Troupe Member of the Month - Chris Hardy-Atwell and Bentley (In Memory)
Chris Hardy-Atwell and Bentley joined the PAWSitive Therapy Troupe in the spring of 2020. One month later the COVID shutdown happened, so their therapy career did really begin until the fall of 2021. Chris’s canine partner was Bentley, a 12 and ½ year old sable and white Rough Collie. They enjoyed visiting at the Cardinal Bernadin Cancer Center at Loyola twice each month, as well as veterans at Hines VA Hospital when Hines welcomed therapy dogs back in late summer of 2022. Chris and Bentley also worked with physical therapists at Tryability Neurorecovery in Downers Grove to help clients regain motor skills that have been impacted by traumatic brain injuries. Tragically, Chris lost her beloved partner in late November of 2022, so this recognition is posthumous and very bittersweet for her.
Here is what Chris had to say about Bentley and their PAWSitive Therapy Troupe experiences.
“Bentley was a humble, loving giant that walked under the radar of ribbons, bells and certificates. I admired “him” so much and loved him to pieces❤️ I realized that he might have a vocation for therapy work when he would watch my 97-year-old father in his wheelchair and let me know if he tried to get up without assistance by barking. Bentley wanted to greet anyone he saw in wheelchairs on our walks around Downers Grove, Hinsdale. and Naperville. I realized that my special boy might enjoy therapy work, since it was obvious that empathy was in his DNA.
We chose the Loyola Cancer Center because my mother was treated there for her pancreatic cancer. I remember how afraid she was. I wanted to give back. The Cancer Center is a hard visit, but we loved it. I was proud of my uniform and what it represented. I was also proud of Bentley’s humbleness and kindness. When we walked into the Cancer Center, doctors and nurses would say, “Here’s Bentley, Loyola’s Cancer Mascot!” Patients would ask for their chemo infusion treatments when Bentley was scheduled to be there. If the infusion treatment burned, they’d squeeze his mane. Unbelievable that our dog had such an extraordinary effect on so many patients, doctors and nurses. Everyone wanted their picture taken with “Lassie”!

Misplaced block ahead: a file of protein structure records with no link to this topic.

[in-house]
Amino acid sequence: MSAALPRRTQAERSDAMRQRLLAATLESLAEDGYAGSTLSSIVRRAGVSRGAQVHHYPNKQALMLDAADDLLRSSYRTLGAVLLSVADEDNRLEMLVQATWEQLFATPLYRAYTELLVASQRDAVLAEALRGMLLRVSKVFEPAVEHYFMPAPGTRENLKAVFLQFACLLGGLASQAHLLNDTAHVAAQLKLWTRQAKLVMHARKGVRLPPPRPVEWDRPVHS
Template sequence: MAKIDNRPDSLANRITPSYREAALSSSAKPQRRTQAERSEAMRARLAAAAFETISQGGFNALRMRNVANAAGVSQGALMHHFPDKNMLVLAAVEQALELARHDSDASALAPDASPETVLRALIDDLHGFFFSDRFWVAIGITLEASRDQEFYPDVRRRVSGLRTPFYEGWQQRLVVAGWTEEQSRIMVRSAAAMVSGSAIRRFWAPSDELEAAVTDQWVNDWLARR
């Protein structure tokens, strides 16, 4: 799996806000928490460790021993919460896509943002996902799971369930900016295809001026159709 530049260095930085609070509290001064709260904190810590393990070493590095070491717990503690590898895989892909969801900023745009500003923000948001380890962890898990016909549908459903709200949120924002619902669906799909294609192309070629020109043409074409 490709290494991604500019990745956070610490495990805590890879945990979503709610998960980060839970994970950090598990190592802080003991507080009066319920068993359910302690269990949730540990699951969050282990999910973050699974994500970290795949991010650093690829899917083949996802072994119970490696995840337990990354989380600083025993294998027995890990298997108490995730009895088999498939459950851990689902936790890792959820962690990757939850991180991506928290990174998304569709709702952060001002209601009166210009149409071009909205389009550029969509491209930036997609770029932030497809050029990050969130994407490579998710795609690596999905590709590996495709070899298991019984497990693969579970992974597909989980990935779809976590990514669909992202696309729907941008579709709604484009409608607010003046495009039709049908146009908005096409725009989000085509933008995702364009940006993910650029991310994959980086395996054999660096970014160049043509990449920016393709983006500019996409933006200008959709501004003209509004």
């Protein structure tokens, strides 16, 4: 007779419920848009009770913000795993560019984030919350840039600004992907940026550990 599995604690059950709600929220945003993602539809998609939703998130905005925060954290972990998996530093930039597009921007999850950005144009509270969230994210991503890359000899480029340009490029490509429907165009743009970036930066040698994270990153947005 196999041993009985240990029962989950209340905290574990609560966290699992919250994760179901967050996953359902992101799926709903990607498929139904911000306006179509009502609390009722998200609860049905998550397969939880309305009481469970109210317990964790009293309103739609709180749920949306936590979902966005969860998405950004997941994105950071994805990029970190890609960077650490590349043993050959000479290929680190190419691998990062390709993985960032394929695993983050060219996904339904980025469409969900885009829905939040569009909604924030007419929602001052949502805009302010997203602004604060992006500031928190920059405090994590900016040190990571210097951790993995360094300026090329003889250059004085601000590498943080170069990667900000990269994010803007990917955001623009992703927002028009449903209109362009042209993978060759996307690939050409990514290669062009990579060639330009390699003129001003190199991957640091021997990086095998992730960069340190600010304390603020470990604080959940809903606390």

Bentley was equally valued at the Tryability Neurorecovery in Downers Grove. If patients could get out of their wheelchairs and walk (in a hoist) to him, they could then sit and pet Bentley as a reward. I would clap and cheer for them as they smiled and hugged Bentley. It was an awesome experience. I loved doing this work with the best therapy dog on the planet!
Bentley loved putting on his therapy vest. He could not wait to get out of the car and go inside. He literally walked up to everyone to say hello. We did not leave until he had personally greeted everyone. I was privileged to be his human therapy partner. He was bigger than life and very calm in all situations. He was extraordinary and I was so blessed to have him in my life.“